As you can tell, I just renovated the site. Not only did the styling change, but most importantly I’ve added some important organization and feature changes that will hopefully help viewers more easily find what they are looking for. This post details the plugins that I recently installed.
[wptabs] [wptabtitle]Photo Gallery Plugin[/wptabtitle]
[wptabcontent]The biggest thing that I haven’t had a chance until now to get in order have been my portfolio galleries. I had used NextGEN in the past, but I wasn’t really pleased with it at the time. I’ve tried multiple other options since then, but I ended up going back to NextGEN Gallery, and I’m very pleased with the updated version. I notice that there isn’t the lag time that there used to be when scrolling through images (note: you still have to make sure not to upload to large of images, or it will take time to load.)
I also love the fact that there is a place to add in detailed descriptions of each image as well as image tags. In the description section, it allows for simple html tags as well as linking items. This feature allows me to add the project description under each image as well as link to the existing website or the download in the case of my free themes. It takes a lot of work to do the initial setup (uploading all of the images is easy, but you have to add in all of the titles, descriptions, and tags accordingly), but it’s well worth the effort.
Another nice feature about NextGEN is that you can easily adjust the thumbnail size and how it displays. That’s a huge help when displaying both landscape and portrait images when you want all of the thumbnails to display in the identical size without focusing in on the wrong part of the image.
I also integrated the Shutter Reloaded Plugin which just adds some effects to the gallery viewing. It also automatically re-sizes the display image according to the computer screen size. I customized the styling in both the Shutter Reloaded CSS as well as the NextGen CSS to get the desired effects that I wanted. Note: To make use of Shutter Reloaded with NextGEN, you’ll need to choose “Shutter on all image links and use LightBox style (rel=”lightbox[…]“) activation and sets” within the Shutter settings. In NextGen, just make sure to check the “LightBox” settings under the Effects Tab. Check out my portfolio to see a working example.[/wptabcontent]
[wptabcontent]The other project that I’m currently working on is making all of my code used for tutorials in a highlighted and in an easy copy/paste format for you lovely readers. I know, it’s ridiculous that I’ve waited this long! I chose to go with WP Code Highlight. It’s a simple plugin without a lot of extras, but it does just what I need. It does give you a few different theme options which I plan to make use of when I unveil my new redesign. So far, I’ve updated my two most recent posts that included code (which also happen to be the most searched posts that I have.) You can view an example on either my post about positioning a sidebar within your header or adding specialized styling to a widget space. Now, I don’t have to constantly be reminding visitors to check the direction of the quotation marks or constantly fixing what WordPress messes up in the code. I’m going to test it in the comments as well. I’m hoping that I can simply add the <pre></pre> code for it to appear. Which means you can do the same when you have a question about one of my tutorials and need to give an example! :)[/wptabcontent]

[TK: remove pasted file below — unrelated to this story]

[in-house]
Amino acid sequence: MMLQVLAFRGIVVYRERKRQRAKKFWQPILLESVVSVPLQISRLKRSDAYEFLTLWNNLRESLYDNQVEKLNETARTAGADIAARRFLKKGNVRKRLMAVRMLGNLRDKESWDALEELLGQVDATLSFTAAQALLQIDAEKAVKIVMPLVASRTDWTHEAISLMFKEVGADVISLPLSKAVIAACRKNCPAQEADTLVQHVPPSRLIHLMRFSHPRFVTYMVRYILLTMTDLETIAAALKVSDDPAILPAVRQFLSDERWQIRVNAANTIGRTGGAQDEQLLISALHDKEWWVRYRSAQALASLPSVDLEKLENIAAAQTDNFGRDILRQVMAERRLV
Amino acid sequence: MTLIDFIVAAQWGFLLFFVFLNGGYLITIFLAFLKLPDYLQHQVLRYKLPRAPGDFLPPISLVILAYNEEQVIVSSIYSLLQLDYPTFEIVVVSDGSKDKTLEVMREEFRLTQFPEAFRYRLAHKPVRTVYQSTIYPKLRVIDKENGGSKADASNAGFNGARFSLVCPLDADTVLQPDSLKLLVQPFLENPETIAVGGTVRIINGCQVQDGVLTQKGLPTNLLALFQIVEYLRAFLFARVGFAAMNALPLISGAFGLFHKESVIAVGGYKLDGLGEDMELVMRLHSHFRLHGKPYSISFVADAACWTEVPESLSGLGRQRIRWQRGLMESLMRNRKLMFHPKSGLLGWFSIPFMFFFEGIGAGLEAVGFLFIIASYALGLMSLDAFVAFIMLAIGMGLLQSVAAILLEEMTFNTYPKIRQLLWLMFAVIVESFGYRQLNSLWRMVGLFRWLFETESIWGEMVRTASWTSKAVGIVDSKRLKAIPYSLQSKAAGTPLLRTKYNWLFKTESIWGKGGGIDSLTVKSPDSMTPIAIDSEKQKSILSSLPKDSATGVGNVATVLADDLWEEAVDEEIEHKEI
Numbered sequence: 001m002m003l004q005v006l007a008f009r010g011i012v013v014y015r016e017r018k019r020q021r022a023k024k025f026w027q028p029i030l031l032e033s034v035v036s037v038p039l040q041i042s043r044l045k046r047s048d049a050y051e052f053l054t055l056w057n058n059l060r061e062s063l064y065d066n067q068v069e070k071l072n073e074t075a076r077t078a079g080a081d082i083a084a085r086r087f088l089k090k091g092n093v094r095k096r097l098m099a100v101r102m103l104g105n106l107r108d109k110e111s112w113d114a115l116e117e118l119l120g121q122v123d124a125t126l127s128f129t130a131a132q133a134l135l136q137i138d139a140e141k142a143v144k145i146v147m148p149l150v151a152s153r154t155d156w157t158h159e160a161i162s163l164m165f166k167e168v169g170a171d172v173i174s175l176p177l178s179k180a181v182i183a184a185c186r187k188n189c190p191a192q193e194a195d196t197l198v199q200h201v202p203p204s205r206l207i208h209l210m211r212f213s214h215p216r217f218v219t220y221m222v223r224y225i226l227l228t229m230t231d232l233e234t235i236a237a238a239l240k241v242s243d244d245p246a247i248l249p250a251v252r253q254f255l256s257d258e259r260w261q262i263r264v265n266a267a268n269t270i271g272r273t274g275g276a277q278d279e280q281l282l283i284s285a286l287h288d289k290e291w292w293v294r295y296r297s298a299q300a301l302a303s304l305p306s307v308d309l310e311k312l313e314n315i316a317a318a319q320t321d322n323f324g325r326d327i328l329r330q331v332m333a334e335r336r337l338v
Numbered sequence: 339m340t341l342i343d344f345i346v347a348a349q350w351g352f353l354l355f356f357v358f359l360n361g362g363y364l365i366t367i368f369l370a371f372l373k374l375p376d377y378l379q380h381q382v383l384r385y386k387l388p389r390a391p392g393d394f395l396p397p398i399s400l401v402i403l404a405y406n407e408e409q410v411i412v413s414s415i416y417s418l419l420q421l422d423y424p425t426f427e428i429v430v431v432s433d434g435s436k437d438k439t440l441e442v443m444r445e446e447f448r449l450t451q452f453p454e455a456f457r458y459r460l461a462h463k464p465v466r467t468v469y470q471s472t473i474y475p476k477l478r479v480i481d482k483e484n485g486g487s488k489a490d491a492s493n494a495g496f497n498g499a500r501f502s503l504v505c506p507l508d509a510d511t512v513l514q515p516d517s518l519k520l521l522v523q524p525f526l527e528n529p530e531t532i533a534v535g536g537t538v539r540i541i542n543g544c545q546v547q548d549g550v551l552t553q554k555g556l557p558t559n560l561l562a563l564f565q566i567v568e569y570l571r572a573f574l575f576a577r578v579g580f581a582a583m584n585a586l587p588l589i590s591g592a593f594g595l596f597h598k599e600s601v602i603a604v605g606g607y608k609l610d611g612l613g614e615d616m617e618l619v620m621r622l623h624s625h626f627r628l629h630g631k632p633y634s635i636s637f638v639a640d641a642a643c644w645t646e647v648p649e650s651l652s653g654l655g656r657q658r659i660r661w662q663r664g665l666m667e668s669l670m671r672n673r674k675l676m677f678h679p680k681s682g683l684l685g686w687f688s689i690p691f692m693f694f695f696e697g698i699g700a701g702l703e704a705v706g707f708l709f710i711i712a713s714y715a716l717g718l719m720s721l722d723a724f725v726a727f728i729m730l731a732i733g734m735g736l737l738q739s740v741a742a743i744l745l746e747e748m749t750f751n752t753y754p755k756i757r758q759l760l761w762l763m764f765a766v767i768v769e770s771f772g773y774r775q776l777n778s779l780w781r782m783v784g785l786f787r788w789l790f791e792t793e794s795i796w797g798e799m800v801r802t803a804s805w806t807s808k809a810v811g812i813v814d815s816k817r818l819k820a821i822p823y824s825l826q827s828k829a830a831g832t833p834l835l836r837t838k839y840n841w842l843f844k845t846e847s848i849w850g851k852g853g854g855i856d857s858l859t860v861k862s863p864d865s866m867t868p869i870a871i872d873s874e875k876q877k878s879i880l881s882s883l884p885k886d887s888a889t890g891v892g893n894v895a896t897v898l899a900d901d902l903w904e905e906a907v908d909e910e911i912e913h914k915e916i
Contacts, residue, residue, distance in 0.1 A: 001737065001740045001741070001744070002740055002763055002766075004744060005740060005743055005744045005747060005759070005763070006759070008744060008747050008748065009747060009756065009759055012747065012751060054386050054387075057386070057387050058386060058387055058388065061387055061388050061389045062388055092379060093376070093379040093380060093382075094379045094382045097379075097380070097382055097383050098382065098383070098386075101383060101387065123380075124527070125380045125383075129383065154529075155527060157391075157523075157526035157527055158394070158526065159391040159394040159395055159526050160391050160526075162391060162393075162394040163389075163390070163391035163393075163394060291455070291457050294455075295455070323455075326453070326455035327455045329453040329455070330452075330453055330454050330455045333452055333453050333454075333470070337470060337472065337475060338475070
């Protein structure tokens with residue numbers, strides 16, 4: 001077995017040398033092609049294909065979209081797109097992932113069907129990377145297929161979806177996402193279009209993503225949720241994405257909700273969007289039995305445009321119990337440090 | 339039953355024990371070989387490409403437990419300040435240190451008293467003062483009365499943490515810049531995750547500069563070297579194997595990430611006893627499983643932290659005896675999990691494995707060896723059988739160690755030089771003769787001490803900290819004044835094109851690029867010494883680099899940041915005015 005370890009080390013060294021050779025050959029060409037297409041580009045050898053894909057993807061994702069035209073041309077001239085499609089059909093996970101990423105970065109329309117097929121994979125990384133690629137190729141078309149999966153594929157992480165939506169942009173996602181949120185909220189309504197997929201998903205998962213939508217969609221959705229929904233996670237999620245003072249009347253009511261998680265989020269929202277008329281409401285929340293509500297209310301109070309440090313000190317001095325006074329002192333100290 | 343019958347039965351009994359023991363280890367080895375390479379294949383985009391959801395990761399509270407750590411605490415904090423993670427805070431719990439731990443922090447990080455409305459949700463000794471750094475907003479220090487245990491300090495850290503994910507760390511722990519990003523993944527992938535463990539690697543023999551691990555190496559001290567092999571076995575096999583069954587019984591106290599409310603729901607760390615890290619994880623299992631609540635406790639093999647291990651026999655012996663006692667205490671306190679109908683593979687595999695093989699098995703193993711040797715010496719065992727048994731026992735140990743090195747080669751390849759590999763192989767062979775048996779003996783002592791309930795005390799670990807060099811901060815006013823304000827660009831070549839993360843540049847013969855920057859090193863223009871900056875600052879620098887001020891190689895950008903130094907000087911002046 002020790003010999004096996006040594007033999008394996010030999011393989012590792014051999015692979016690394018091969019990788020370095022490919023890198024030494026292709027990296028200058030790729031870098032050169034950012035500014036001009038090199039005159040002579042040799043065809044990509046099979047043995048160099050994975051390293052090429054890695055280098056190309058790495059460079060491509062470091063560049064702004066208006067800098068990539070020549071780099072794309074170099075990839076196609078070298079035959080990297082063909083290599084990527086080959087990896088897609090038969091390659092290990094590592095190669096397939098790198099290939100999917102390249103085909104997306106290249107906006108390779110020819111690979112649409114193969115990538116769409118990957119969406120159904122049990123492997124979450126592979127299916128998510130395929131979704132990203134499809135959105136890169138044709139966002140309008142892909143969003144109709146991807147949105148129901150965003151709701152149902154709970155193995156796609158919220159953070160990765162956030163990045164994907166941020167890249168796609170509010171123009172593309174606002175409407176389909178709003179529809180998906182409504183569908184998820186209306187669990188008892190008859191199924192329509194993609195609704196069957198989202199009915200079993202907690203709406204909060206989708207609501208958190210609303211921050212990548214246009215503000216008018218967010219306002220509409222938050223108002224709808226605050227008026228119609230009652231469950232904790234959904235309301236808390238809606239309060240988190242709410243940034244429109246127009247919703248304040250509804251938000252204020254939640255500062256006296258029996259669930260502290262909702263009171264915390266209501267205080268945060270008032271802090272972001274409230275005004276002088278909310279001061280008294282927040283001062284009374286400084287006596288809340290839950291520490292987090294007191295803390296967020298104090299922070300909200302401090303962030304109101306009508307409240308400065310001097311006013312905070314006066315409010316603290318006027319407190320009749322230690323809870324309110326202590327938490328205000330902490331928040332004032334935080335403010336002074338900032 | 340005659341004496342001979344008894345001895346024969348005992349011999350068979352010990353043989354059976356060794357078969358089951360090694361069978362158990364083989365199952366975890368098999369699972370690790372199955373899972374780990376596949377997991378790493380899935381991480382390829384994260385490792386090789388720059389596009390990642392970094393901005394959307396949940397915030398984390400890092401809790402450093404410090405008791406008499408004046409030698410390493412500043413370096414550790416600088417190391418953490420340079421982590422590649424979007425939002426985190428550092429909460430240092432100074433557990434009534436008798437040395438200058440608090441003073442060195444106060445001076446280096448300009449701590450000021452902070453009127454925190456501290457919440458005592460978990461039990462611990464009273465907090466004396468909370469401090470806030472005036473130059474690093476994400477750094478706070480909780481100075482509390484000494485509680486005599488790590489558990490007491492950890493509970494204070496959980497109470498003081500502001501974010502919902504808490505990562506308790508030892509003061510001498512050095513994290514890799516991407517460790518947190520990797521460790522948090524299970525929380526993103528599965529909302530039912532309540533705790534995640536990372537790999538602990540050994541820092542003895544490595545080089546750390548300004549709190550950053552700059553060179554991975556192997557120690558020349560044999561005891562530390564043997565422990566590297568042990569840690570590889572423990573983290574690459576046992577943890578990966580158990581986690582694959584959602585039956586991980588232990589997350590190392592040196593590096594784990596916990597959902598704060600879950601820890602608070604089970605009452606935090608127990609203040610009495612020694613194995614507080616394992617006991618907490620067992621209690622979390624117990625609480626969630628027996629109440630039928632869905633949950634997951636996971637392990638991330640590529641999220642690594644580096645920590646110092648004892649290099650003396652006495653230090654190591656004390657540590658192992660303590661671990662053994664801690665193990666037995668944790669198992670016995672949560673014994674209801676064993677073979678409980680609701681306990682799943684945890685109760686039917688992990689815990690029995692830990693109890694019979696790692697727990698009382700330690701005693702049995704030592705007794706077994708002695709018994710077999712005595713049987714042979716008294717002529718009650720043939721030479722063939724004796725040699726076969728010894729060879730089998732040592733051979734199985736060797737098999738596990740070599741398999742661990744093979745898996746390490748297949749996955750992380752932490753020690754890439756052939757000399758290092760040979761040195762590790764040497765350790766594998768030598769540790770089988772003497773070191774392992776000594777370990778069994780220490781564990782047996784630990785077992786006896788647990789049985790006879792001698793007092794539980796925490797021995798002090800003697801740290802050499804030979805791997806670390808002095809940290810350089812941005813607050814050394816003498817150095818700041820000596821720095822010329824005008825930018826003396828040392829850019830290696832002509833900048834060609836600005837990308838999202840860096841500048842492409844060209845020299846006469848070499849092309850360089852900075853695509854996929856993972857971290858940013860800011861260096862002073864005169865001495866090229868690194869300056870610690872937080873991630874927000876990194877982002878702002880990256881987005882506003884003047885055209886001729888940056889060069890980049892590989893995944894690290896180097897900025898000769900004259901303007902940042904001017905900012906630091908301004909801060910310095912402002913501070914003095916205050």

[wptabcontent]I used StatPress for a few years, and I really liked that plugin. However, it creates an enormous database on your server, and eventually it will overtake the space on your server if you aren’t careful. It does a wonderful job tracking very specific details on incoming traffic, top posts, top searches, etc. However, I actually had to remove it because my hosting company was going to shut down my site unless I removed the strain it was causing on the database!
So, I went with Google Analytics. I’ve used Google before on Blogger sites, and the thing that frustrates me the most is that it always counts your own visits unless you create filters (which are not that easy to do.) However, I found the Google Analyticator plugin and have been very pleased with it! It adds a simple settings interface to your WP Dashboard which allows you to hide by a click of a button traffic from any Admins or Editors. It also gives you some other nice options and features, and you can view basic info right in WP without having to go to Google. The best part is that I don’t have to worry about using up tons of space on my WP database to house it.
So, that’s what I’ve been up to in between working on projects for clients and doing life. Please leave a comment on any of the plugins that I’ve discussed or if you have other plugins that you prefer to these mentioned.[/wptabcontent][/wptabs]
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